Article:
Power is multiplied when a business person sits on multiple corporate boards — but two University of Virginia School of Law professors have found that the influence of these cross-affiliated directors extends well beyond the companies involved.
Their recent article, "Board Interlocks and Outside Directors' Protection," uses research in the aftermath of the Schoon v. Troy Corp. decision in the Delaware Court of Chancery to illustrate the phenomenon.
Directors of boards have come to expect a certain level of legal protection. What are indemnification and advancement rights?
Directors on corporate boards have fiduciary duties that can create personal liability, and it’s not uncommon for directors to be targets of litigation. Not too many people would serve on corporate boards if they risked being held personally liable for problems, and — even if you win — lawsuits are expensive to defend. Thus, companies generally promise to indemnify their directors for certain types of losses and also promise to advance money for directors to defend themselves if they are sued. These indemnification and advancement rights, along with insurance for directors and officers, are part of the standard package of protection that directors receive as part of service on the board and are typically laid out in the bylaws of the company.
How did the Schoon case affect these rights?
In the Schoon case, which was decided by the Delaware Court of Chancery, a corporation ended up in a dispute with a former director. The corporation amended its bylaws to eliminate advancement of expenses for former directors–and then filed a lawsuit against him. The company argued that it did not need to advance the former director’s expenses under the amended bylaw, because it was changed before the lawsuit was filed, and the court agreed. The change was upheld even though the dispute related to events that predated the change and even though the company clearly changed the bylaw in anticipation of suing.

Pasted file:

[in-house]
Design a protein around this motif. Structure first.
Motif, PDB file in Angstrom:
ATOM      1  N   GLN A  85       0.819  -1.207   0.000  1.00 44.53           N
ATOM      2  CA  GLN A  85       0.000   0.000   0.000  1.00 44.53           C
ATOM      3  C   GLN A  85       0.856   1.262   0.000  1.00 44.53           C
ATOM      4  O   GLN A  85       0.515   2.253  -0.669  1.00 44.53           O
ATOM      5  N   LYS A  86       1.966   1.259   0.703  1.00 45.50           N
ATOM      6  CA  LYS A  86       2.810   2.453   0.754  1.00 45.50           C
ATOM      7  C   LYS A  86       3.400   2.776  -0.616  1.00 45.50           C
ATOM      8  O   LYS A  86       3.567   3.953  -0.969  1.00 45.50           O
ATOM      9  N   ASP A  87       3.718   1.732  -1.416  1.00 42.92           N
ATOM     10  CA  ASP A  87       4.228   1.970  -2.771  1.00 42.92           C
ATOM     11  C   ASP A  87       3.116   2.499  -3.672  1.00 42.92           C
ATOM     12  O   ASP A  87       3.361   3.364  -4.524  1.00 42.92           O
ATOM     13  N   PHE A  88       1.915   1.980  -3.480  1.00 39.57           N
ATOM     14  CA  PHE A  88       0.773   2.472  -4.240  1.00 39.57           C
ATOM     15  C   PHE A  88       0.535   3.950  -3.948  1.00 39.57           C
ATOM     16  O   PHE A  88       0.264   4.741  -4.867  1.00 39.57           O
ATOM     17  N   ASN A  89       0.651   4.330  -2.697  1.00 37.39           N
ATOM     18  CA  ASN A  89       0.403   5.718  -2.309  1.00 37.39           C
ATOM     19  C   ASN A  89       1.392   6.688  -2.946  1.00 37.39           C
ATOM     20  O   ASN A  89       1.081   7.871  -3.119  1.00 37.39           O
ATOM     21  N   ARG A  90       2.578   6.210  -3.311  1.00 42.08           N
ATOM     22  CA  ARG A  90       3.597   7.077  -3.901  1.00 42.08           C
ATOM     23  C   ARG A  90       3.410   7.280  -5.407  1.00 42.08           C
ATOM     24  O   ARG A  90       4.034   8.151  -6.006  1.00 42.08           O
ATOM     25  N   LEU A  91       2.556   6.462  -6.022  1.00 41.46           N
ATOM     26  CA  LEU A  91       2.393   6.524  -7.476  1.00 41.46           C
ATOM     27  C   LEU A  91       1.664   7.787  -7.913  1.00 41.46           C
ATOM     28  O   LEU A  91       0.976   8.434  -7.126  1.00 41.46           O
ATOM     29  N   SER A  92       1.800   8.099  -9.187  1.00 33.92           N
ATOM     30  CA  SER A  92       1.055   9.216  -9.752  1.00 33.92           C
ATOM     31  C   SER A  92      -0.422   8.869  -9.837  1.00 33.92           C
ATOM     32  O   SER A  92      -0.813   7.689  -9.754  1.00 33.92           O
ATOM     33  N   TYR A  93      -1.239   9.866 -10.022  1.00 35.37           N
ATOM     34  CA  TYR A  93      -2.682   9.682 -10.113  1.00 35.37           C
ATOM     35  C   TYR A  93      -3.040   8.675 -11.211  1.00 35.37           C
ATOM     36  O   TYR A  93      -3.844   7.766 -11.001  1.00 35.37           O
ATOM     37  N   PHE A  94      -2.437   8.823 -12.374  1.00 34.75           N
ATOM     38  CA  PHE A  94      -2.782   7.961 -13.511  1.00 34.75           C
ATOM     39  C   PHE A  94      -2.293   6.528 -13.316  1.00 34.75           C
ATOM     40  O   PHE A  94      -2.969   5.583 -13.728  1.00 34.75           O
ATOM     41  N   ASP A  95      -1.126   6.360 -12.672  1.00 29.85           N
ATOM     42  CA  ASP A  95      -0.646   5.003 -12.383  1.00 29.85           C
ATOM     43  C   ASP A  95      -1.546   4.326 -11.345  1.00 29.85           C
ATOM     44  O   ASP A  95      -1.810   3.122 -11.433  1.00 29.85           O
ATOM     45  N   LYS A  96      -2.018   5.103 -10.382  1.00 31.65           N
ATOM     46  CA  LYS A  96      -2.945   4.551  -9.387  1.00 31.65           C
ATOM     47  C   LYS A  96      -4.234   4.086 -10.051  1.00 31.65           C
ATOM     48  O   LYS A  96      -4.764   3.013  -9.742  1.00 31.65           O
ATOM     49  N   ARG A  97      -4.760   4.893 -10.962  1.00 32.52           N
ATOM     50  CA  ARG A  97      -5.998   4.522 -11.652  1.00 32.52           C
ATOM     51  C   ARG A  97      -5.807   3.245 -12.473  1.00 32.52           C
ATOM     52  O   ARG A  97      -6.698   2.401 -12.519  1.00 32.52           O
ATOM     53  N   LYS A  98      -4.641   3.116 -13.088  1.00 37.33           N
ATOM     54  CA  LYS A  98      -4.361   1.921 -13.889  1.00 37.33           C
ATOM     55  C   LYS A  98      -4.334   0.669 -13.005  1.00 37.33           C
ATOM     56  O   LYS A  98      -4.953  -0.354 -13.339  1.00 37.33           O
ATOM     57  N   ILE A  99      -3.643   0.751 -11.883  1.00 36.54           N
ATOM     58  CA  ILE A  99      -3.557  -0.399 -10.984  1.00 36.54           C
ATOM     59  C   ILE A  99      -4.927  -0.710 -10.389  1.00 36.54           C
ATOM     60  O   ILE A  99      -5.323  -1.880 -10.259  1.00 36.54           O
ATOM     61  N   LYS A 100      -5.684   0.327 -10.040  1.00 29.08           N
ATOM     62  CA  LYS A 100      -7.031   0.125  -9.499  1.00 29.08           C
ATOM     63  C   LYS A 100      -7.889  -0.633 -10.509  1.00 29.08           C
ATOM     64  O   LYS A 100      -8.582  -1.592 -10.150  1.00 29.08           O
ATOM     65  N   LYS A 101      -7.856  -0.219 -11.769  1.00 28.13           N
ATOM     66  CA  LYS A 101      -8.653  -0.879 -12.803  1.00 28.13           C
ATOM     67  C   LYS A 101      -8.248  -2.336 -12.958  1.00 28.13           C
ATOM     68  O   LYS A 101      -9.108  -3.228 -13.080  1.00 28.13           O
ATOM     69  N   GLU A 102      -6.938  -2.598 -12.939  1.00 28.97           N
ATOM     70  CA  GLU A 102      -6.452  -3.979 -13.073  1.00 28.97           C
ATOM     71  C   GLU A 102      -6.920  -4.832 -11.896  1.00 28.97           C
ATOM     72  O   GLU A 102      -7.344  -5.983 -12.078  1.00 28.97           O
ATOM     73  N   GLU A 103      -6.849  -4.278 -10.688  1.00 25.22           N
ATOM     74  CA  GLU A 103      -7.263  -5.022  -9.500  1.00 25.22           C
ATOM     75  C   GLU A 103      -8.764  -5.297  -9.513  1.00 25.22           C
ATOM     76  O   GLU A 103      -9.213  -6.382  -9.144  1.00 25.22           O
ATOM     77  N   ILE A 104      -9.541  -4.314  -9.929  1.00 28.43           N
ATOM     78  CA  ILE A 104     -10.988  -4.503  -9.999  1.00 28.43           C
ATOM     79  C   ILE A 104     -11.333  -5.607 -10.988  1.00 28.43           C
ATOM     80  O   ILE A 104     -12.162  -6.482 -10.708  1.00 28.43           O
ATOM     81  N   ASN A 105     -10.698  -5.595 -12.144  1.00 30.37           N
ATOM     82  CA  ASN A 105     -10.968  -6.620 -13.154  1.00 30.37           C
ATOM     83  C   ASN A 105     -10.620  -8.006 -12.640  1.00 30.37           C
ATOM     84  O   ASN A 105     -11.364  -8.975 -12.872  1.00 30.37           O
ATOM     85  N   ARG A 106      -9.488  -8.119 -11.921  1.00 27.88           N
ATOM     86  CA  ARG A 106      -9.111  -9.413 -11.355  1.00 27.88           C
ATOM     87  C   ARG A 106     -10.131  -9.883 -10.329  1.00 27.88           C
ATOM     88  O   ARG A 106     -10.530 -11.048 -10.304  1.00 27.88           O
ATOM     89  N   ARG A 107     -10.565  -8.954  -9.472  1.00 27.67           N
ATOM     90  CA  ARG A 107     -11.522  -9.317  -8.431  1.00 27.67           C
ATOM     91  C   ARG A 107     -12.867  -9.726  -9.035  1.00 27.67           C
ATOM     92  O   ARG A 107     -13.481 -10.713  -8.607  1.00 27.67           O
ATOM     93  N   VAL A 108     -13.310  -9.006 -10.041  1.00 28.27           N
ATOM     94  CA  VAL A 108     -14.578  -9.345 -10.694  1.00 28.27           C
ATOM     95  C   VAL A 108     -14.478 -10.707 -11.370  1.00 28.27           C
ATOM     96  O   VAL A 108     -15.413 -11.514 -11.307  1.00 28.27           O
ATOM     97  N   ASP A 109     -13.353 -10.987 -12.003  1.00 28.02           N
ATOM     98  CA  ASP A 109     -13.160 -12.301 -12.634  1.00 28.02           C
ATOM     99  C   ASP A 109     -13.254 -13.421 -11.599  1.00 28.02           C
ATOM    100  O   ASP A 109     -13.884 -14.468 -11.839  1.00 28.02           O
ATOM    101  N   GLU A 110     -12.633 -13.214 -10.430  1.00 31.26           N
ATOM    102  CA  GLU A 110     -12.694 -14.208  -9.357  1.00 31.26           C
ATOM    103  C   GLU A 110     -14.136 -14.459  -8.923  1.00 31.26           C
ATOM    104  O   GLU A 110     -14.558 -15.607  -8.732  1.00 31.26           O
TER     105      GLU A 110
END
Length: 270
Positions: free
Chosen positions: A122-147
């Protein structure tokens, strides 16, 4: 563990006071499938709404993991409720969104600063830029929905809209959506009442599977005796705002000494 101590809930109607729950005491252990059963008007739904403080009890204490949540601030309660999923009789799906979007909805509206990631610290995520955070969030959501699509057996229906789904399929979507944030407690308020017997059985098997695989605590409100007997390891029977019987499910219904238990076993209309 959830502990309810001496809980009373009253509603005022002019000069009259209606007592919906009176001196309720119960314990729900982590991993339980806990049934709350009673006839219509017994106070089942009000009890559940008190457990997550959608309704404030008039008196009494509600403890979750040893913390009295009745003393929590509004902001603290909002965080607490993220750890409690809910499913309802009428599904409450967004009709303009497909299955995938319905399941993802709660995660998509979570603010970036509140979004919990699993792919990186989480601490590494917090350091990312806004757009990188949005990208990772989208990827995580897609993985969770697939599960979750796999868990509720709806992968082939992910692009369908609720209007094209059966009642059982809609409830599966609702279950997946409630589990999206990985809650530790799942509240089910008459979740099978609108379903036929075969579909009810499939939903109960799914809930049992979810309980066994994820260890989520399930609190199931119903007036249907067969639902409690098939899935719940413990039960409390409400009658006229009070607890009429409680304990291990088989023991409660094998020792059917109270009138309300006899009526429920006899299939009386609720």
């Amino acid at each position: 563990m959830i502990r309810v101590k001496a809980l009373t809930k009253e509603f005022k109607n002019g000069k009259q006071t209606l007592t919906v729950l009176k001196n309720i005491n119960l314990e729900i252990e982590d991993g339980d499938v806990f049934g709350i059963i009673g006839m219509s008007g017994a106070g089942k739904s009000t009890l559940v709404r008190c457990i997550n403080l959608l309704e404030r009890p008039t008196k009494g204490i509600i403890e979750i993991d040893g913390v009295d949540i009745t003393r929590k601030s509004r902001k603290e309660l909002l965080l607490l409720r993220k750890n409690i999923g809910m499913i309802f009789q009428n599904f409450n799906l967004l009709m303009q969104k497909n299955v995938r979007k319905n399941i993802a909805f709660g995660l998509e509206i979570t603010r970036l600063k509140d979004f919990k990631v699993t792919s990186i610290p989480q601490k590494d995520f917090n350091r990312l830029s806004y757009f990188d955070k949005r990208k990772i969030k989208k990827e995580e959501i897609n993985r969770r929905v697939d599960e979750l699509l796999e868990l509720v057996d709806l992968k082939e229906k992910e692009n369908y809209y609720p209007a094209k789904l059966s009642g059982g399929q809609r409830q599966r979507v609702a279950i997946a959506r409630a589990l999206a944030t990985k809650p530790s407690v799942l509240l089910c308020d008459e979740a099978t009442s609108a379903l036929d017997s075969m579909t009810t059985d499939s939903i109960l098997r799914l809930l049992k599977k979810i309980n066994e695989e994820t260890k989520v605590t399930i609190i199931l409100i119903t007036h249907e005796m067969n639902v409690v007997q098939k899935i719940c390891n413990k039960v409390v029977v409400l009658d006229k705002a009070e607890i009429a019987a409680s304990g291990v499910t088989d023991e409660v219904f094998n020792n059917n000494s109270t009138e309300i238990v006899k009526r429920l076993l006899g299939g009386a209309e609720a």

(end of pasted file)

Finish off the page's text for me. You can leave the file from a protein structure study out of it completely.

Directors had assumed that their rights to indemnification and advancement could not be changed retroactively, but Schoonshowed that this was not a safe assumption. Particularly for outside directors, this was a dangerous possibility. Inside directors often have contractual protection and are less likely to end up in a dispute like this. Outside directors often rely on the indemnification language in the bylaws and have an oversight role that could cause tension with management. This decision left them vulnerable.
What could directors do about the decision?
As soon as the decision came down, corporate lawyer started writing memoranda advising companies how to respond. An individual director couldn’t do much, but a company could either adopt a contract with its directors, which could not be retroactively altered, or amend its bylaws to make clear that they were not retroactively changeable. These types of changes require the company to take action, and are the sort of thing a general counsel would generally do, so outside directors were reliant on general counsels to make these changes. That’s where our study picks up.
Explain how you studied the response to Schoon.
We wanted to see how large, Fortune 5000 companies reacted to Schoon. On the one hand, it was a high-profile case that attracted the attention of practitioners and also of the National Association of Corporate Directors, who filed an unusual amicus brief asking the decision to be reconsidered. On the other hand, the likelihood of a Schoon-type dispute at a big public company is pretty low.